Higher standards in manufacturing mean these homes do most often appreciate in value, although probably not at the same rate as traditional housing.

Additional pros & cons of manufactured homes

It’s important to understand at the outset that just like traditionally constructed houses, often called “stick-built,” come with pros and cons, so do manufactured homes. Paul Esajian, writing on the website, lays out one of the more thorough pictures on this. In addition to points just mentioned above, Esajian offers the following:

Pros of a manufactured home

Fast construction and installation

Traditional on-site homes can take months or even years to build, depending on building codes, the size of the home, and the features the owners want to include. Manufactured homes can typically be built in as little as a few weeks. A key reason for this advantage is that homes are built within sheltered, climate-controlled factory environments, eliminating weather delays. This factory setting also contributes to construction consistency and quality.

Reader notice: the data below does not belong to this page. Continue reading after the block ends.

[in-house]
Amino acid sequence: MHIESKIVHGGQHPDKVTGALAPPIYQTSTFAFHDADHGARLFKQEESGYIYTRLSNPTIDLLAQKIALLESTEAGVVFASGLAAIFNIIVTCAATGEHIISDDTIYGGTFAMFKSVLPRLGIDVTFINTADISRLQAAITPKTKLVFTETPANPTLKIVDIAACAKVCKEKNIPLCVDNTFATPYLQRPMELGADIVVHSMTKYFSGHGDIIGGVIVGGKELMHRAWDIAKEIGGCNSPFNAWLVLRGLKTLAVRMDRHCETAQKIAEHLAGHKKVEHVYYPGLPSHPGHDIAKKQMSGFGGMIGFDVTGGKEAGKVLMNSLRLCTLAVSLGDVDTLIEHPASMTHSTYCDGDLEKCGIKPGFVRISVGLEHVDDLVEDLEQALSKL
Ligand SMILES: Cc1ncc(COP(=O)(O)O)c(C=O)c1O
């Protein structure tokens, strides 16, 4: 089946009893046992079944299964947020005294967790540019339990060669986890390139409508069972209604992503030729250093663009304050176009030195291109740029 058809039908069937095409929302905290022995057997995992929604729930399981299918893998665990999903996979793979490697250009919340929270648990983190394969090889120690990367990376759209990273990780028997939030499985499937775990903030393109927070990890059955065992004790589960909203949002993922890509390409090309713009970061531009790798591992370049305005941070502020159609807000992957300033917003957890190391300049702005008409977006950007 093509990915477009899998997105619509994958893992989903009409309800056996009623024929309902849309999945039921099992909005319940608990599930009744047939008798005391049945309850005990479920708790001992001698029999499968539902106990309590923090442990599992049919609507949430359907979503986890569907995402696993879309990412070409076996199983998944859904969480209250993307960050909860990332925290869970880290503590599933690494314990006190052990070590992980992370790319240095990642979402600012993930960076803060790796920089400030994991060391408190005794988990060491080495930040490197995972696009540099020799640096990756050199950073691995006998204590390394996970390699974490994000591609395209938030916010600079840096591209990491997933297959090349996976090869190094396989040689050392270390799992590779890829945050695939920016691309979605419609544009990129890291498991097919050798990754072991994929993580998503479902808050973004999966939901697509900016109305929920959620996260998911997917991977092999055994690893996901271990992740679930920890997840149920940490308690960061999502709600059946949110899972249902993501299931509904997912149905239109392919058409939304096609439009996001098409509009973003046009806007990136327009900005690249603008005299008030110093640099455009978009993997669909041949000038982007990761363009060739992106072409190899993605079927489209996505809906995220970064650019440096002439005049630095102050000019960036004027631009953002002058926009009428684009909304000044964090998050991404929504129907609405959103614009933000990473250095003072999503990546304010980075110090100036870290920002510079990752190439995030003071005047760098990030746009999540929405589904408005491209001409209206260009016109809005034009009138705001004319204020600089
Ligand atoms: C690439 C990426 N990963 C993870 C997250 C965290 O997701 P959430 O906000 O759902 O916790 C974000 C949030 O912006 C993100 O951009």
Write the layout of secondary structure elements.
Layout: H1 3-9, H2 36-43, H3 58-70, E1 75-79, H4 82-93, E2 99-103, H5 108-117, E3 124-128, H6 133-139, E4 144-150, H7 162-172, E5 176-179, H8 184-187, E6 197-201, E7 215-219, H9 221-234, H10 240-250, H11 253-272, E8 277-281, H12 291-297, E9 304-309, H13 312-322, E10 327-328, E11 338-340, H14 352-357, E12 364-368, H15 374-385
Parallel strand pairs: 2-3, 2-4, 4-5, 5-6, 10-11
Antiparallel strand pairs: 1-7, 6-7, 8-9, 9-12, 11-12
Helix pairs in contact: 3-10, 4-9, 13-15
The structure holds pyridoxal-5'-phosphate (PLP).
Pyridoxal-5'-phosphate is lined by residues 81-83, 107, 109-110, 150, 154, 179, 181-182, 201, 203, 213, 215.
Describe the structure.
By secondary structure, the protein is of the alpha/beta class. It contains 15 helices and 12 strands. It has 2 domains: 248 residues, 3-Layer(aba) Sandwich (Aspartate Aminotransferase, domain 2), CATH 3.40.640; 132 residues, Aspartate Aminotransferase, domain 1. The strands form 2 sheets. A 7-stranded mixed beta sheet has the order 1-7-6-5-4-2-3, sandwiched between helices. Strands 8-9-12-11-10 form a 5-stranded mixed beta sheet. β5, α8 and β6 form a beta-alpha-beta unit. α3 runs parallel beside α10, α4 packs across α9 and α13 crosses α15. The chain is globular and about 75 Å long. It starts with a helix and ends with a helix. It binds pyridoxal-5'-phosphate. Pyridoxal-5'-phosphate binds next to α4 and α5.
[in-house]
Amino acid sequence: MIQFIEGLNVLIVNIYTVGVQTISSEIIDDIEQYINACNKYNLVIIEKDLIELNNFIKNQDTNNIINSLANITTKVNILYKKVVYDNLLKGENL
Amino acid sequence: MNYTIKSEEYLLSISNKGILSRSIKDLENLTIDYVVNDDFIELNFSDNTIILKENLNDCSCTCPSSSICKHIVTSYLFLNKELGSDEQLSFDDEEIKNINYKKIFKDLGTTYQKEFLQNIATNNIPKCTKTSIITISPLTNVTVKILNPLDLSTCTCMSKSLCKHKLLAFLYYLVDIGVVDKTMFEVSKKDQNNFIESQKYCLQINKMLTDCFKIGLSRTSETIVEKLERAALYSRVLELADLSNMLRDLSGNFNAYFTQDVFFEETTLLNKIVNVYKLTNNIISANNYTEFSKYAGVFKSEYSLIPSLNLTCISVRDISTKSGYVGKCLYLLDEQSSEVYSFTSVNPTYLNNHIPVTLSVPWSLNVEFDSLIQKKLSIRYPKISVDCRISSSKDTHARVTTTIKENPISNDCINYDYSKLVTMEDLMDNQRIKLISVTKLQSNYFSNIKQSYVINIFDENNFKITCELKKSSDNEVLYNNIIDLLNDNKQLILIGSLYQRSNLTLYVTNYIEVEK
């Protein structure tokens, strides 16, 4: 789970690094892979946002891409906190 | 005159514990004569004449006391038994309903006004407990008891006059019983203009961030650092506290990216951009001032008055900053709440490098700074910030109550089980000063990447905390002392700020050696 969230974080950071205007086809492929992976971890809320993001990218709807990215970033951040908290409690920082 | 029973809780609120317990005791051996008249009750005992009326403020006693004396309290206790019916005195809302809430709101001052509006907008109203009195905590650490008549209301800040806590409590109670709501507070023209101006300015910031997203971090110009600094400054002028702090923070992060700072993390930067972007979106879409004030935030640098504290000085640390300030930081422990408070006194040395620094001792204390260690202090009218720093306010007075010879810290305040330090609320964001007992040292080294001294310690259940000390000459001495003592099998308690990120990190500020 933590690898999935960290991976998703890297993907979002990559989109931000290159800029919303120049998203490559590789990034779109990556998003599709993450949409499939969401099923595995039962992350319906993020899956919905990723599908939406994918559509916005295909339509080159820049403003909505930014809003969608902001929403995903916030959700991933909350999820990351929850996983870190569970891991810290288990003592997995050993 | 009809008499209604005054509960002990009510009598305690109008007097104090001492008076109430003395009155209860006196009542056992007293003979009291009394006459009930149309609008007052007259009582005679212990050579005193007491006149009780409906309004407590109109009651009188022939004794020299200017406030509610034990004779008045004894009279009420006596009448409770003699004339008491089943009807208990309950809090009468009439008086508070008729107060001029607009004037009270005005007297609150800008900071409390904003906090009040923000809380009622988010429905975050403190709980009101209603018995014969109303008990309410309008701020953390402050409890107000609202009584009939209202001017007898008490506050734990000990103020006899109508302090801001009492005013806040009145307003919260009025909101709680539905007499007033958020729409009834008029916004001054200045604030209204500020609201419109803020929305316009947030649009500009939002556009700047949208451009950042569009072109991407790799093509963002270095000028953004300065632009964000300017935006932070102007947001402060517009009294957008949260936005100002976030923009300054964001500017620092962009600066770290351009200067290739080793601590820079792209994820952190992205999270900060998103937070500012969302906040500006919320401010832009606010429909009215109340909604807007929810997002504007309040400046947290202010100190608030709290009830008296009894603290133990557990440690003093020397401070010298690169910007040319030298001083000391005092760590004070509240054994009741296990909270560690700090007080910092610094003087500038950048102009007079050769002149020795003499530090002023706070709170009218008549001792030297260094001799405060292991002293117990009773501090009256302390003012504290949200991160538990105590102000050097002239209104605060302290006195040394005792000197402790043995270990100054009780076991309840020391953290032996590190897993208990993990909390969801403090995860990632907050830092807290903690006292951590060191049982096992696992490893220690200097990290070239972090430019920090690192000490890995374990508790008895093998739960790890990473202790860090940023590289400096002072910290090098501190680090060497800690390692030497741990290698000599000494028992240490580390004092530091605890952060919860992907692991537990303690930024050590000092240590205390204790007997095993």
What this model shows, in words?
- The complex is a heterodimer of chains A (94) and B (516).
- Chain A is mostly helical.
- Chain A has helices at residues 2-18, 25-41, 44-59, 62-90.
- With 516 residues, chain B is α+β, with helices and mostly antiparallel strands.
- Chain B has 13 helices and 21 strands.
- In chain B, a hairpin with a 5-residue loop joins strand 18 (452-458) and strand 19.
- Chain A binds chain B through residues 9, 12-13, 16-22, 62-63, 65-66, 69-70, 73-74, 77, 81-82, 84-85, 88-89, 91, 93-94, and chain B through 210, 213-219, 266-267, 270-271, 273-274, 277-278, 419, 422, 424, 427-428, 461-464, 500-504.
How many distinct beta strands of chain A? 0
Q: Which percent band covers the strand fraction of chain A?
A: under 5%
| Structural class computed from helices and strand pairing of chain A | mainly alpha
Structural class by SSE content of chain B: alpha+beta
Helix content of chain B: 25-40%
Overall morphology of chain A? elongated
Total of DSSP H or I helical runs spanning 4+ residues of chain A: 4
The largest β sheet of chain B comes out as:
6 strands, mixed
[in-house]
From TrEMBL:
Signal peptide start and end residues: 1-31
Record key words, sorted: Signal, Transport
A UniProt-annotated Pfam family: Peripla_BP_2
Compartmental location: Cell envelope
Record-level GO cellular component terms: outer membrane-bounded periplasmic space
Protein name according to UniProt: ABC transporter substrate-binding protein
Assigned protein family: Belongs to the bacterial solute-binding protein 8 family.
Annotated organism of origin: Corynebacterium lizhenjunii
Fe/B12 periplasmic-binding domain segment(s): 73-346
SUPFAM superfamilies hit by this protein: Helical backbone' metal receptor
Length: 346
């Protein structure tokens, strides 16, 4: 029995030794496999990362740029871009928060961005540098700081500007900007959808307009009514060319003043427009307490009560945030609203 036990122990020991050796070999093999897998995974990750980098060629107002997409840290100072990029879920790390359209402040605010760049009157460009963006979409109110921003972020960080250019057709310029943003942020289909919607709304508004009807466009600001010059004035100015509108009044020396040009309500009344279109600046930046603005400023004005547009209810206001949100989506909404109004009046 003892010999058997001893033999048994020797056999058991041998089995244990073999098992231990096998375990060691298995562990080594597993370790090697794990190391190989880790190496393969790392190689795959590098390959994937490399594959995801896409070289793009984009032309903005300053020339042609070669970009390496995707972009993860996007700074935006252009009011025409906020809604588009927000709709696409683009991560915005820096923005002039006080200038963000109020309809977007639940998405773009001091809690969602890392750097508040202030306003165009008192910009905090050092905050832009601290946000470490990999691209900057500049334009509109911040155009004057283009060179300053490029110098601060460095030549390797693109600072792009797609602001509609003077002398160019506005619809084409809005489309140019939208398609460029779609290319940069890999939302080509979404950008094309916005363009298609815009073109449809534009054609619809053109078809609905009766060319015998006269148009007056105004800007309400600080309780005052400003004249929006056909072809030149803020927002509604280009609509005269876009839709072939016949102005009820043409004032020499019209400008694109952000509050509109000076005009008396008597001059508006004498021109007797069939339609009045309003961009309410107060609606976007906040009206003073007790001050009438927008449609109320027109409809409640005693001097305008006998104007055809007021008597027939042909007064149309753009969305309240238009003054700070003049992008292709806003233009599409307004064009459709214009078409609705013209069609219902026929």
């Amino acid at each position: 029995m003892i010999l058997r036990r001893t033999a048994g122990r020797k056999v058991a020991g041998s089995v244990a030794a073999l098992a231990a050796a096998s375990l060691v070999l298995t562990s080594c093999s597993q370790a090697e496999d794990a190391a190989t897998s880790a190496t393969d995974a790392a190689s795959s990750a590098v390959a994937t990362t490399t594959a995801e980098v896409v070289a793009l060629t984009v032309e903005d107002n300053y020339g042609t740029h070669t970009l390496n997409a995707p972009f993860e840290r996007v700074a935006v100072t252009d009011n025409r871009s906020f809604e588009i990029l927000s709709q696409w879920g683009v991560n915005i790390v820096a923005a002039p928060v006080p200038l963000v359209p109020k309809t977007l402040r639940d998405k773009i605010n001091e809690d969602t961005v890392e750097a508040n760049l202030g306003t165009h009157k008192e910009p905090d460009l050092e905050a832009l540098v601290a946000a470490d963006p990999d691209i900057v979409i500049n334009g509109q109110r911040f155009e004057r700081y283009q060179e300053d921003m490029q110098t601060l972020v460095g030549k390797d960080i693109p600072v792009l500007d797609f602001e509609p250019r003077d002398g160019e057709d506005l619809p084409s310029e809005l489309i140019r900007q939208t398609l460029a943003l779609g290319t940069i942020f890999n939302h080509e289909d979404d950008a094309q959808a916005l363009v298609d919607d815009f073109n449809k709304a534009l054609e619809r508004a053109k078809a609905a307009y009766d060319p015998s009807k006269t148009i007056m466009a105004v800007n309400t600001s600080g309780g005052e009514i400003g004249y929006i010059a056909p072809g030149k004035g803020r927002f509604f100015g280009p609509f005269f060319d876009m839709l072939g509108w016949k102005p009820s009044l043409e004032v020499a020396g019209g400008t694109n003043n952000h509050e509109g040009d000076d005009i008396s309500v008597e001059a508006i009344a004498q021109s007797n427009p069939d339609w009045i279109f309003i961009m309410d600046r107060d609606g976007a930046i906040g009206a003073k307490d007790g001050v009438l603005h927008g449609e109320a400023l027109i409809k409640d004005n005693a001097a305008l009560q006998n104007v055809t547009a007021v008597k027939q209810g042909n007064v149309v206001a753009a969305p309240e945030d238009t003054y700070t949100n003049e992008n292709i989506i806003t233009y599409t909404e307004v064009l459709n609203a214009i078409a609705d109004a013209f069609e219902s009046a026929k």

Manufactured homes tend to be more energy efficient than traditional homes, lowering utility bills.


Though many people think manufactured homes must all fit a limited design, they can be customized just like other homes. You can choose the room sizes, the layout, number of bedrooms, etc. You can also add outdoor features like porches and decks. With some manufacturers, you can even get touches like vaulted ceilings and bathroom whirlpools.


Most people who opt for manufactured homes use personal property loans, which may be easier to obtain than mortgages and may also be processed more quickly.

Cons of a manufactured home

Availability and unique costs